As these items were related to the supervisor, this factor was therefore identified as supervisory safety. “My supervisors involve in setting safety goals with employees” had the highest loading on this dimension. This factor accounted for 55.1 per cent of the total variance.
Factor 2 was labelled the safety training factor, as it comprised the following five items:
safety training programs do apply to my workplace;
the design of safety training program is good;
safety training programs are helpful to prevent accidents;
safety training programs in my company do work; and
safety training programs in my company are enough.
“Safety training programs do apply to my workplace” had the highest factor loading on this factor, followed by the design of safety training program is good. Factor 2 accounted for 10.1 per cent of the total variance.
Factor 3 was called the safety response factor, as it comprised the following five items:
my company responds quickly to safety concerns;
my company investigates safety problems quickly;
my company posts warning sign for hazardous cargo;
my company provides safety information; and
my company frequently conducts safety inspections.
The item my company responds quickly to safety concerns had the highest factor loading on this factor, followed by my company investigates safety problems quickly. Factor 3 accounted for 6.5 per cent of the total variance.
Factor analysis was also used to identify SOCB attributes. Results revealed that approximately 68.5 per cent of the total variance was represented by the information contained in the factor matrix as shown in Table III. Three SOCB dimensions were found to underlie the various sets of safety organizational citizenship behavior attributes of container terminal operations. They were identified and described below.
Factor 1 was called the organizational participation factor. It consisted of the following seven items:
attending safety meetings;
volunteering for safety committees;
participating in setting safety goals;
making safety-related recommendations about work activities;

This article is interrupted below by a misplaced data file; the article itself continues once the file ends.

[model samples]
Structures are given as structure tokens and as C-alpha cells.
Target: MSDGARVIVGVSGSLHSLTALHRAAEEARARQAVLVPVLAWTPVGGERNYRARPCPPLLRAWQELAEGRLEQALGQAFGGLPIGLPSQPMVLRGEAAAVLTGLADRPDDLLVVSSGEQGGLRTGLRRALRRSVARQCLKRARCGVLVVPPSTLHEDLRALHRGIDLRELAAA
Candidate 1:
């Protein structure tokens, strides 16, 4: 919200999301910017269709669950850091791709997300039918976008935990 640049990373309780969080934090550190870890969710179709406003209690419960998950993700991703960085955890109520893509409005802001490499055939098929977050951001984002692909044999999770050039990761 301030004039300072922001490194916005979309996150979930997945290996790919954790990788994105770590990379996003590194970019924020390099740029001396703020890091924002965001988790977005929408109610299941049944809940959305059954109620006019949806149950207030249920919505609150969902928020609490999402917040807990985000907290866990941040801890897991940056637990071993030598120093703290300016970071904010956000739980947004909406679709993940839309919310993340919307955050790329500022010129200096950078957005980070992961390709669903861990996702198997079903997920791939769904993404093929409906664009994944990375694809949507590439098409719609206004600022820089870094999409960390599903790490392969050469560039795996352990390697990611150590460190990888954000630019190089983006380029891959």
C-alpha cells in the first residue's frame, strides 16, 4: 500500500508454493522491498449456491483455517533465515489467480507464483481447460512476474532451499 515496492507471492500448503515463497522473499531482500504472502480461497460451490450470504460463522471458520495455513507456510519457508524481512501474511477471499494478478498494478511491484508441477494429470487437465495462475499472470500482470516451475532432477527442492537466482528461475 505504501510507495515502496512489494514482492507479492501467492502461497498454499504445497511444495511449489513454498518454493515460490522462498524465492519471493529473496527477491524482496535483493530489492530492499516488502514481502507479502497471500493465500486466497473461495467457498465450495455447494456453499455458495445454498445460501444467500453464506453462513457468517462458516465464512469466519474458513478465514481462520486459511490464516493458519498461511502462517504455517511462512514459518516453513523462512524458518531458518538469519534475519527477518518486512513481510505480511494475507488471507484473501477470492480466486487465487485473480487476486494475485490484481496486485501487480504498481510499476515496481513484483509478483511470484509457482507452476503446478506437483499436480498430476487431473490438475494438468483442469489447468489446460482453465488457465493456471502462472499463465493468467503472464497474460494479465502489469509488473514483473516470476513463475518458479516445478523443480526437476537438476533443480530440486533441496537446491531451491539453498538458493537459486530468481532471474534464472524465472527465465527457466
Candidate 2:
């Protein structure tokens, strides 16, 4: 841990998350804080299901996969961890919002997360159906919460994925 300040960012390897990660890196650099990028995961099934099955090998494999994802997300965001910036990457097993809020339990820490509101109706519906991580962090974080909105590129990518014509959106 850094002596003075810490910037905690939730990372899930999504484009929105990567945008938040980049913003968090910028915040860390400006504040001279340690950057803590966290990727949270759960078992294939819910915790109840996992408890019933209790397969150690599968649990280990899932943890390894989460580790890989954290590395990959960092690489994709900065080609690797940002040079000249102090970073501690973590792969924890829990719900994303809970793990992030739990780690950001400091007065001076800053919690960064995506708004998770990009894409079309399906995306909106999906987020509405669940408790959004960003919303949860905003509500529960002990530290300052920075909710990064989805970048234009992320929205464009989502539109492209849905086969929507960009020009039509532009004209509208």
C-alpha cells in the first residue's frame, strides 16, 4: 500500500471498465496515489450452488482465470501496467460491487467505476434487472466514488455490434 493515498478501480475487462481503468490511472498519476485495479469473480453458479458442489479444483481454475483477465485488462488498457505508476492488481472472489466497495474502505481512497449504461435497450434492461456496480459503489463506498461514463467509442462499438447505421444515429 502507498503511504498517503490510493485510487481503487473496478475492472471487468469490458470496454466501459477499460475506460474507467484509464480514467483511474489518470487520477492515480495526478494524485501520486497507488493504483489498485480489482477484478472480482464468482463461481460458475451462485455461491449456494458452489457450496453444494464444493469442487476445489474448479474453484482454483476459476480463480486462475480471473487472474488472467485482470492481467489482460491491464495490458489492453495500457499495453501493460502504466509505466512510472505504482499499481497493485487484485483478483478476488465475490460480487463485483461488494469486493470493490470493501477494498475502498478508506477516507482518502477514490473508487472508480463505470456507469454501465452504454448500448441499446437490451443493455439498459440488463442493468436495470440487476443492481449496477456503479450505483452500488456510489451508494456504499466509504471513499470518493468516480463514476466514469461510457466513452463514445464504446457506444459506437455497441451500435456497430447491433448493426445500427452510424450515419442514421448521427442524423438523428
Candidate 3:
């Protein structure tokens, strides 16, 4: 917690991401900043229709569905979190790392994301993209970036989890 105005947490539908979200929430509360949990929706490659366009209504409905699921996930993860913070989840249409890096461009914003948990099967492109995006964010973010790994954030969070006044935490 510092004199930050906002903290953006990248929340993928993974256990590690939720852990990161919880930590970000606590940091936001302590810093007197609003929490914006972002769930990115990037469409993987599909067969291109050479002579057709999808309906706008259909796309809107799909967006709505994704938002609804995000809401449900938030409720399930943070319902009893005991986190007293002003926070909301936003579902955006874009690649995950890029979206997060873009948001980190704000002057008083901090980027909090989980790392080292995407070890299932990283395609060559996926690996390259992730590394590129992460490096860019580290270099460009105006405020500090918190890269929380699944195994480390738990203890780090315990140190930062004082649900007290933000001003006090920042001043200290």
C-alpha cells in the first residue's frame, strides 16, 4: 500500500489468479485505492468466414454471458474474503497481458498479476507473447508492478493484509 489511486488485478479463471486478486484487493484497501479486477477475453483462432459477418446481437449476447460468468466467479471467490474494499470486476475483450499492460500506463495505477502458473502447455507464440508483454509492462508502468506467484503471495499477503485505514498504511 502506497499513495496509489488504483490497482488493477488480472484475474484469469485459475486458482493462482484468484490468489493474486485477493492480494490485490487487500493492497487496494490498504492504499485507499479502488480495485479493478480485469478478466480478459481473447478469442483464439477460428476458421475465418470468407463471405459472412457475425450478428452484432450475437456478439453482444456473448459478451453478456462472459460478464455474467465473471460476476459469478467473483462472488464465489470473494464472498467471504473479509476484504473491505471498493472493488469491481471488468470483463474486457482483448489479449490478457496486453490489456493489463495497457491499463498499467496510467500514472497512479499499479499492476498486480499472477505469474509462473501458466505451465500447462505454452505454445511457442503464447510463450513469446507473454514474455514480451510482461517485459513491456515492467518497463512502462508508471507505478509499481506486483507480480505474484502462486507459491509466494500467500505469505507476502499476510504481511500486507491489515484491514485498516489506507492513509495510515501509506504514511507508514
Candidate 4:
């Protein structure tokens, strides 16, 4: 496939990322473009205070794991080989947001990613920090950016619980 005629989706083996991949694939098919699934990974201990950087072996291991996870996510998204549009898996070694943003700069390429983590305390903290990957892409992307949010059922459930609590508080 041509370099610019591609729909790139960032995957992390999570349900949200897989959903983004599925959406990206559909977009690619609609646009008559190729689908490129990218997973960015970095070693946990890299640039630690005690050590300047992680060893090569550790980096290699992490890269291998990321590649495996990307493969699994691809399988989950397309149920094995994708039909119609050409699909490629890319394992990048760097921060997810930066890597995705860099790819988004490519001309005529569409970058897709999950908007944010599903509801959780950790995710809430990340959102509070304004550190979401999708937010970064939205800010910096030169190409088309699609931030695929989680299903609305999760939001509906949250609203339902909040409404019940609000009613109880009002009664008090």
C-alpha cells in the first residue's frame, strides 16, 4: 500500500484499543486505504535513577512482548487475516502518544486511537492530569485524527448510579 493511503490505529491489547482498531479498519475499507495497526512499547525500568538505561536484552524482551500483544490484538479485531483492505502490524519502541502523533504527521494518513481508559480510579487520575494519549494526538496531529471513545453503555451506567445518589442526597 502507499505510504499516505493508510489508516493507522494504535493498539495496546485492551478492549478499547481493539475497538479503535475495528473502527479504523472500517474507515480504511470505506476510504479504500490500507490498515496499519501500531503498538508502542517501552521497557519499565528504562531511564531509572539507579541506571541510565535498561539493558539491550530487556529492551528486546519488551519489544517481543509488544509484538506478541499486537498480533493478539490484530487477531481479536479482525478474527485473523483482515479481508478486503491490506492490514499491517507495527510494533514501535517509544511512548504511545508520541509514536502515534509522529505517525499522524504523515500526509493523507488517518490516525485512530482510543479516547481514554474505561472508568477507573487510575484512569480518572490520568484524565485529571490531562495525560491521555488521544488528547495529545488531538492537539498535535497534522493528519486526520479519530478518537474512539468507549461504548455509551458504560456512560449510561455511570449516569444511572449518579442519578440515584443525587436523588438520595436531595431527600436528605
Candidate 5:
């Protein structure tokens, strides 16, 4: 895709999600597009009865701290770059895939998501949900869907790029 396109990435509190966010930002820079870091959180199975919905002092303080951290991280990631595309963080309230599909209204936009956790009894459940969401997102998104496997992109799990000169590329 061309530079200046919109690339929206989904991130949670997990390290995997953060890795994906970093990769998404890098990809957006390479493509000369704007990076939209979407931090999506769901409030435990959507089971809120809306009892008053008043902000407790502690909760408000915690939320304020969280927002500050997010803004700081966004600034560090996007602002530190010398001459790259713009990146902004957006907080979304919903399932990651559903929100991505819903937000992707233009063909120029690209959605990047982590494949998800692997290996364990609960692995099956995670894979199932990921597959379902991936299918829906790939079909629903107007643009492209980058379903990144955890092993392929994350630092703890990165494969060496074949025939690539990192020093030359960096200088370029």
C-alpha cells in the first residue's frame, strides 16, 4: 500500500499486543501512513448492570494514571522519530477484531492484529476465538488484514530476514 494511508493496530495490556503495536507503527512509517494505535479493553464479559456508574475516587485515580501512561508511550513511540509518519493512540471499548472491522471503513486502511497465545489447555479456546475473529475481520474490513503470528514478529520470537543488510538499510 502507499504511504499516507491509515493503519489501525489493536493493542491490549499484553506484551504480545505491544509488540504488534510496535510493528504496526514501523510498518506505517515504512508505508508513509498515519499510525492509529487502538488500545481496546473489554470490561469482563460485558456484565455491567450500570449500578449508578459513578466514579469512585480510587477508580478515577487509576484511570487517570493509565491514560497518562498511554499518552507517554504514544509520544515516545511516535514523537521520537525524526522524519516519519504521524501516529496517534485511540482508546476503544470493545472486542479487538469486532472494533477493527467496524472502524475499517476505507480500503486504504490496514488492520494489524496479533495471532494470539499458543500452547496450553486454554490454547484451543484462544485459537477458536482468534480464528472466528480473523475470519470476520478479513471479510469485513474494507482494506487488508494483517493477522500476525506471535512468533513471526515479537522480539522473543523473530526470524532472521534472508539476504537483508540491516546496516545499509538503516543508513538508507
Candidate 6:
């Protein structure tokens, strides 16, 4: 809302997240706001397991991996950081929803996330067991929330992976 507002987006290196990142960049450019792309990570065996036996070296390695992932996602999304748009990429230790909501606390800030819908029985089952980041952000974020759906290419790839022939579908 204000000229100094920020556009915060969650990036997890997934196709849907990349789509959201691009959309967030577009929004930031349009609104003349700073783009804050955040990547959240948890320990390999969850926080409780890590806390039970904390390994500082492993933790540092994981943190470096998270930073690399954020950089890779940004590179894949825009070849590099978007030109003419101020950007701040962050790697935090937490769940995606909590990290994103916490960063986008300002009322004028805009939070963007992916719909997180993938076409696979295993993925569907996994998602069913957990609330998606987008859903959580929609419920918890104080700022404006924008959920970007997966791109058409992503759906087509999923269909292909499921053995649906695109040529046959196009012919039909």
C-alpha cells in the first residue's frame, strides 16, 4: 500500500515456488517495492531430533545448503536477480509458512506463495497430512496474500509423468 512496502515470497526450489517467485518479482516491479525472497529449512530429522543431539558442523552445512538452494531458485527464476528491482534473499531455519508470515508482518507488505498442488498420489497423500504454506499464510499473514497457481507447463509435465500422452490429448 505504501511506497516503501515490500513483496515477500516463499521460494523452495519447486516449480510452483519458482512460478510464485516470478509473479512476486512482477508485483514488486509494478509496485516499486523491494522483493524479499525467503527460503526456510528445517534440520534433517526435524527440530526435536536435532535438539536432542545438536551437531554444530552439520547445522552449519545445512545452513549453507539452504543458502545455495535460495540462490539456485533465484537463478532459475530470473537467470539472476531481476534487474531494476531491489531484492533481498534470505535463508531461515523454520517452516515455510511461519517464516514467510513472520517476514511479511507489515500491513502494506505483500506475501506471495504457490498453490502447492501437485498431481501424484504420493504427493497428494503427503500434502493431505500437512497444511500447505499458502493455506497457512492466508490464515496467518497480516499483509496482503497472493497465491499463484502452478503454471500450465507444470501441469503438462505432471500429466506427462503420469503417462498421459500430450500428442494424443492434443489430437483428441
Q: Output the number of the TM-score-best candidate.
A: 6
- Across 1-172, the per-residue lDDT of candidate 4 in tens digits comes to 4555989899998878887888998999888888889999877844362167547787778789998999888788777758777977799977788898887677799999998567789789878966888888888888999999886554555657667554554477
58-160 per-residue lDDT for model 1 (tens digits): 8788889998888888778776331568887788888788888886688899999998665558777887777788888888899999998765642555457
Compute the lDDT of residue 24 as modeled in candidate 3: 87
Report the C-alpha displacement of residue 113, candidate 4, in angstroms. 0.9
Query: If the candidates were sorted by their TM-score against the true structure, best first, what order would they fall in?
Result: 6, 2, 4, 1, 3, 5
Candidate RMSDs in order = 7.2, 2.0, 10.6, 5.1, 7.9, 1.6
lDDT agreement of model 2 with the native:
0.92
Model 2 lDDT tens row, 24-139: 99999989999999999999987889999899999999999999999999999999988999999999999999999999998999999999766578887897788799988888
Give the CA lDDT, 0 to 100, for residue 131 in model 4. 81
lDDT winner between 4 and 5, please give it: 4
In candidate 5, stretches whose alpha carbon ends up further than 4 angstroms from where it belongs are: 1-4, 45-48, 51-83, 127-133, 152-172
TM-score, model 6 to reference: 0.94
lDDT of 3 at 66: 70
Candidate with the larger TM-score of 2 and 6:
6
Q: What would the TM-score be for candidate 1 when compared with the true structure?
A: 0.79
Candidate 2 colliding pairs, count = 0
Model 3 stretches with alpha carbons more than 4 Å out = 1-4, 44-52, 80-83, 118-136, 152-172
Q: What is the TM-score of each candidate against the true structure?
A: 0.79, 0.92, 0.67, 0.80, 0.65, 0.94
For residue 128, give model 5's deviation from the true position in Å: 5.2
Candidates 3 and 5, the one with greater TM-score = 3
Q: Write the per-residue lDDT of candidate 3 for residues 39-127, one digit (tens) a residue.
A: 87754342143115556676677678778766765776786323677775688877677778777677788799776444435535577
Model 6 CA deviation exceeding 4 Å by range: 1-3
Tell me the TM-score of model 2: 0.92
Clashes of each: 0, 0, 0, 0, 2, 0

encouraging co-workers to get involved in safety issues;
rising safety concerns during planning sessions; and
expressing opinions on safety matters even if others disagree.
These items represent attributes that are by nature with organizational participation. “Attending safety meetings” had the highest factor loading on this factor, followed by volunteering for safety committees and participating in setting safety goals. Factor 1 accounted for 52.6 per cent of the total variance.
Factor 2 was designated the helping behavior factor. It comprised the following three items:
helping teach safety procedures to new workers;
helping others with safety-related responsibilities; and
helping other crew members learn about safe work practices.
These items represent attributes that are by nature related to helping behavior. Factor 2 accounted for 9.6 per cent of the total variance. The item “helping teach safety procedures to new workers” had the highest factor loading on this factor, followed by helping others with safety-related responsibilities.
Factor 3 was called the courtesy factor. It included the following six items:
passes along information to co-worker;
trying to prevent co-workers from being injured on the job;
informing co-workers to obey safety rule;
inspecting new co-workers to follow safety procedures;
taking action to stop safety violations to protect co-workers; and
be aware of the safety of co-workers.
“Passes along information to co-worker” had the highest factor loading on this factor, followed by trying to prevent co-workers from being injured on the job. Factor 3 accounted for 6.3 per cent of the total variance.
4.2 Reliability and validity
A content validity was conducted through a theoretical review and pilot study. Measure in the questionnaire was based on previous studies and discussed with a number of practitioners in container terminals. Tables II and III show the Cronbach’s alpha values which were well above the 0.7 value considered adequate for achieving a satisfactory level of reliability in research (Churchill and Iacobucci, 2002). Table IV shows the means, standard deviations and corrected item-total correlation coefficients of each factor, which are all above the recommended threshold of 0.3 (Hair et al., 2010).
4.3 Confirmatory factor analysis results